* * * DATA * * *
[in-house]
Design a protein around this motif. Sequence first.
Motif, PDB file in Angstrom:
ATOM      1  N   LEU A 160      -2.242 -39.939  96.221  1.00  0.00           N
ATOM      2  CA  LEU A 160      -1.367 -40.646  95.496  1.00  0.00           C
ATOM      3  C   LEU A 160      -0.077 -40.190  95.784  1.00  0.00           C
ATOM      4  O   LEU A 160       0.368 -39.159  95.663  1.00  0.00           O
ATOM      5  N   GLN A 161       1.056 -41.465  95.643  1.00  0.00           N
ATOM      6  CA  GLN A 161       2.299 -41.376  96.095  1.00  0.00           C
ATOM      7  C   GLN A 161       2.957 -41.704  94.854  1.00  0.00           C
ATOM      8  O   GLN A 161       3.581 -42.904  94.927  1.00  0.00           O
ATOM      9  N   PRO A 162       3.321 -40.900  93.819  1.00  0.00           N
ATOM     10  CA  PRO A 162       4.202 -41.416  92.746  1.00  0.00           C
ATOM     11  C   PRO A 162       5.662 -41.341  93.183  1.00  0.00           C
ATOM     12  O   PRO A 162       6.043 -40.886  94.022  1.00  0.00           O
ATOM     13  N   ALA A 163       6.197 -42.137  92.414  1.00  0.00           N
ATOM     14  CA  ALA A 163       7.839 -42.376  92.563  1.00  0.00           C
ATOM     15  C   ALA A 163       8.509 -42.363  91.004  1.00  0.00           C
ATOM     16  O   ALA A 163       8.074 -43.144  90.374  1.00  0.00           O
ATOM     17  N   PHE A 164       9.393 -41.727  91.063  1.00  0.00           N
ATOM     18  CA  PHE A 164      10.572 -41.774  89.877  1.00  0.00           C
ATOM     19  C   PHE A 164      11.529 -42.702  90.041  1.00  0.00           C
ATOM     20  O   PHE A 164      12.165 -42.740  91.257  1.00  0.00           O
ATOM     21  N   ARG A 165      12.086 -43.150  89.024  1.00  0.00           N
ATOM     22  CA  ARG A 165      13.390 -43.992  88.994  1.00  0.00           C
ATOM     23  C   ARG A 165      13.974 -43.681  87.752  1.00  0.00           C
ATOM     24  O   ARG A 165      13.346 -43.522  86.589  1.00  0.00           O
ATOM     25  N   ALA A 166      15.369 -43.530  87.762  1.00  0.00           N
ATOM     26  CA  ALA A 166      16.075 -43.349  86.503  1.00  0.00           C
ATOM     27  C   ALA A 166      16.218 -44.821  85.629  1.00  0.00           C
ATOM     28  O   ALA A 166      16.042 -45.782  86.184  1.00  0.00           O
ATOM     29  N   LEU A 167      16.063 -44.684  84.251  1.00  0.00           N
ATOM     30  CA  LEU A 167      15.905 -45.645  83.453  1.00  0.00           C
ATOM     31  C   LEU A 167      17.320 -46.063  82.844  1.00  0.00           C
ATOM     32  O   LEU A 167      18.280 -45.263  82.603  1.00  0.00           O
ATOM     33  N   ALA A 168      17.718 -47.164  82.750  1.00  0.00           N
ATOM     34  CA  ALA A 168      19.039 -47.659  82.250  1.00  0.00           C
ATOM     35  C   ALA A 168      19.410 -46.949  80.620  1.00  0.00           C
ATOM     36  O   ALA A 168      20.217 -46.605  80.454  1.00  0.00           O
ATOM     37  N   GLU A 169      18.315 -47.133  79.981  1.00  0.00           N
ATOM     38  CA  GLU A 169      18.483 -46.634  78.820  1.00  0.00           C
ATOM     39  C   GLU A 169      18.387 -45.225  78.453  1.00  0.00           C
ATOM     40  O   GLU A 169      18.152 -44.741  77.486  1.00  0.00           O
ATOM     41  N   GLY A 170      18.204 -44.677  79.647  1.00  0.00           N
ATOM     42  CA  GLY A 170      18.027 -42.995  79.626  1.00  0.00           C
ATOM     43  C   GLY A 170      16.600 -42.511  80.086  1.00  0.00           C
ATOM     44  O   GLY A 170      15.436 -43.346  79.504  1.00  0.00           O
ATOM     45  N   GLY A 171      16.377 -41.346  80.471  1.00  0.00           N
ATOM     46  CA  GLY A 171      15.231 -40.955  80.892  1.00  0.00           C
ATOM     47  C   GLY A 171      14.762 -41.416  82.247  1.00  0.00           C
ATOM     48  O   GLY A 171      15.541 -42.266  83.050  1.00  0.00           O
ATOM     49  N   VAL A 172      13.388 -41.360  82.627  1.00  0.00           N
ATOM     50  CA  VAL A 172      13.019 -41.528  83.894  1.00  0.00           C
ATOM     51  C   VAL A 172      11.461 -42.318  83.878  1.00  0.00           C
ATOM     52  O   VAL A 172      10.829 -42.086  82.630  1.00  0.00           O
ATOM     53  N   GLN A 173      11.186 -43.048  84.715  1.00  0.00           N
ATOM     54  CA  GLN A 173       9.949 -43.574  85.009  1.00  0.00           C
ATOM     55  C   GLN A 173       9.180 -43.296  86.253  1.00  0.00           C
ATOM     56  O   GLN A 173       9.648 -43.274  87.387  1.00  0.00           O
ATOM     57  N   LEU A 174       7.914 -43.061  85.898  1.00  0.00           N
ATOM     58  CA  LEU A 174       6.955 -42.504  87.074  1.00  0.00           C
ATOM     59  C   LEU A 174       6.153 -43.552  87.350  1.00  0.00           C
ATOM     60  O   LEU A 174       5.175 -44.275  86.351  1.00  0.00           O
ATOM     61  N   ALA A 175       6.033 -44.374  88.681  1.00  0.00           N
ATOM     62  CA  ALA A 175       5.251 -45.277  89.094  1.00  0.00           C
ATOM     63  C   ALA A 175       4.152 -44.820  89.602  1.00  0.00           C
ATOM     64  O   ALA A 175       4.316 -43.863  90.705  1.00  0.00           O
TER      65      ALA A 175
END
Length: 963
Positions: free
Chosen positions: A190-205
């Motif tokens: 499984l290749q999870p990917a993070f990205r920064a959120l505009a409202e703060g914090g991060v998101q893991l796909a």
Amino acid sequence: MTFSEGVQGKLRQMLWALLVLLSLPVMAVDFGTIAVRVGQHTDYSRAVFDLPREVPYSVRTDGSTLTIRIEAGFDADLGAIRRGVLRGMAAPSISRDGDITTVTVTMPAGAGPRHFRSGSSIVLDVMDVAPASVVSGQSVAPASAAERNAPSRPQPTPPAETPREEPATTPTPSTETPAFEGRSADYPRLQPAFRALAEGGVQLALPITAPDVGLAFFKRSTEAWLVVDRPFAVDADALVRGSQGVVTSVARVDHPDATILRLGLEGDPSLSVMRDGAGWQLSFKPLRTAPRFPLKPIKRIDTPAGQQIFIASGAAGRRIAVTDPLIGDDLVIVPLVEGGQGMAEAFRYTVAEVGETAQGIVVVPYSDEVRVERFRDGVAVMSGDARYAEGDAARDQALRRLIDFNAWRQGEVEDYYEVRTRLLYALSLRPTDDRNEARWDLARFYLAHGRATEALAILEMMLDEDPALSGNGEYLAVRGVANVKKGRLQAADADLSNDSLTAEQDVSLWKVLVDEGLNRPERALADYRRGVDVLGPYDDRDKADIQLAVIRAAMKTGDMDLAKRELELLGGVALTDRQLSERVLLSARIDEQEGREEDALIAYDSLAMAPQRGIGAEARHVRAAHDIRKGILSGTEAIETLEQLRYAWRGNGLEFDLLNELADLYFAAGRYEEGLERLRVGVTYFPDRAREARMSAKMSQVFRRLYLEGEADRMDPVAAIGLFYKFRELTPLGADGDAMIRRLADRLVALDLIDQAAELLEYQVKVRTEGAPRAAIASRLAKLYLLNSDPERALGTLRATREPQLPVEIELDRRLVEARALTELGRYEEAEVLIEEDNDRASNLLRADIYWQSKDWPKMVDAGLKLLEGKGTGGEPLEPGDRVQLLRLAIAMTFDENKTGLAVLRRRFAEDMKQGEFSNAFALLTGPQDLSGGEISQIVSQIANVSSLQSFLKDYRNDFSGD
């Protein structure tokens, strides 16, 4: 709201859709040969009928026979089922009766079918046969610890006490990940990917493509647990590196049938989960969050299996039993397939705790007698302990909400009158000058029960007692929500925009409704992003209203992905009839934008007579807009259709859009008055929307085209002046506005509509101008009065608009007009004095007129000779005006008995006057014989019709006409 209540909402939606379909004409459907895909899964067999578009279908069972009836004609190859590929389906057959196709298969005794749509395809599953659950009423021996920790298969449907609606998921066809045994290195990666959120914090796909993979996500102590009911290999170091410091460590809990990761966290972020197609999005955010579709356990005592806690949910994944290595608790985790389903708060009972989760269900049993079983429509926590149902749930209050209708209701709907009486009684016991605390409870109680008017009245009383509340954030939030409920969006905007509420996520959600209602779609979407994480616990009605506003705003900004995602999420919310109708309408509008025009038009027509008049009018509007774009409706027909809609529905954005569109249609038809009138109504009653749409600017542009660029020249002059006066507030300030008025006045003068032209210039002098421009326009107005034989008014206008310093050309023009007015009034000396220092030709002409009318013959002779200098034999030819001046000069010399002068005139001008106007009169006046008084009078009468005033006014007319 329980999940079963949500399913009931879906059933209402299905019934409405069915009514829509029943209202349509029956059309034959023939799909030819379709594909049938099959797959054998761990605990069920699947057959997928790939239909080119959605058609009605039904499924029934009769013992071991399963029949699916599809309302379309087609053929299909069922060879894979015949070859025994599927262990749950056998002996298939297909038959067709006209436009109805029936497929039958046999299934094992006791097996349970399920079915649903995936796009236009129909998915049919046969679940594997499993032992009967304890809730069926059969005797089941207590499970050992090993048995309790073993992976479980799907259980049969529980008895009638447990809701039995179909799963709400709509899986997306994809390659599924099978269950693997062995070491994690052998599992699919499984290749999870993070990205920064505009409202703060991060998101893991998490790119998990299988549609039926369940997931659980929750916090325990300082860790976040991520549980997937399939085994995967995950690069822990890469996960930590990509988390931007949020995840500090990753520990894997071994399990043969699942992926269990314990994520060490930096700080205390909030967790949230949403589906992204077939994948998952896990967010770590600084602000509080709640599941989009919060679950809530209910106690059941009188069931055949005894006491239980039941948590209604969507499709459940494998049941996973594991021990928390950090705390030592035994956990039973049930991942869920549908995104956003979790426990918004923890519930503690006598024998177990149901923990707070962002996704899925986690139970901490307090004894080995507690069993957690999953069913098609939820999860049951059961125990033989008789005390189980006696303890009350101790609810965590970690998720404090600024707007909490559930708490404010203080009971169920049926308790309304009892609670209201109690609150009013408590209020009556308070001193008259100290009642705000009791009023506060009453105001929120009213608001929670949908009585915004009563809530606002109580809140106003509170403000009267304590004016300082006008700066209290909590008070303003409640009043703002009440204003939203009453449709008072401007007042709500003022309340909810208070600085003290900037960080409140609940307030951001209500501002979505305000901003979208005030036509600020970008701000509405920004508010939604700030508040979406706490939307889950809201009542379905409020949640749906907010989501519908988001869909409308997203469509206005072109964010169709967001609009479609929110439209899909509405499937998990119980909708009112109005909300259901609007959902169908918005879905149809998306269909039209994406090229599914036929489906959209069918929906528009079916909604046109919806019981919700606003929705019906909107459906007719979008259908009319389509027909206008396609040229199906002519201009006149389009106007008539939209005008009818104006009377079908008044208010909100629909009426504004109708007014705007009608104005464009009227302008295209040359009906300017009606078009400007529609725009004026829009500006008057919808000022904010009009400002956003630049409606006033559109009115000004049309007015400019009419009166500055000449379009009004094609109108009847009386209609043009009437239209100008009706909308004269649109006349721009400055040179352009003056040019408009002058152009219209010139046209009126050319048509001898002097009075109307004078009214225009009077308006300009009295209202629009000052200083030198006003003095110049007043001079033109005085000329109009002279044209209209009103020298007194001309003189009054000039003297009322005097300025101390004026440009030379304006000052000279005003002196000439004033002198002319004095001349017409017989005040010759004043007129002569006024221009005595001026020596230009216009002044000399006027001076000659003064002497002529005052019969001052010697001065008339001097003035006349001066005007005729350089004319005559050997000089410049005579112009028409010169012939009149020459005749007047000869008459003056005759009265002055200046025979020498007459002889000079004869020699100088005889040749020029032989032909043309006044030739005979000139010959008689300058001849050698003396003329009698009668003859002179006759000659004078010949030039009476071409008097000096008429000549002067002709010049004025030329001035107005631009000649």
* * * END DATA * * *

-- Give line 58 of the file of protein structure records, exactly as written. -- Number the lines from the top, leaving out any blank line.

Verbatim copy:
ATOM     55  C   GLN A 173       9.180 -43.296  86.253  1.00  0.00           C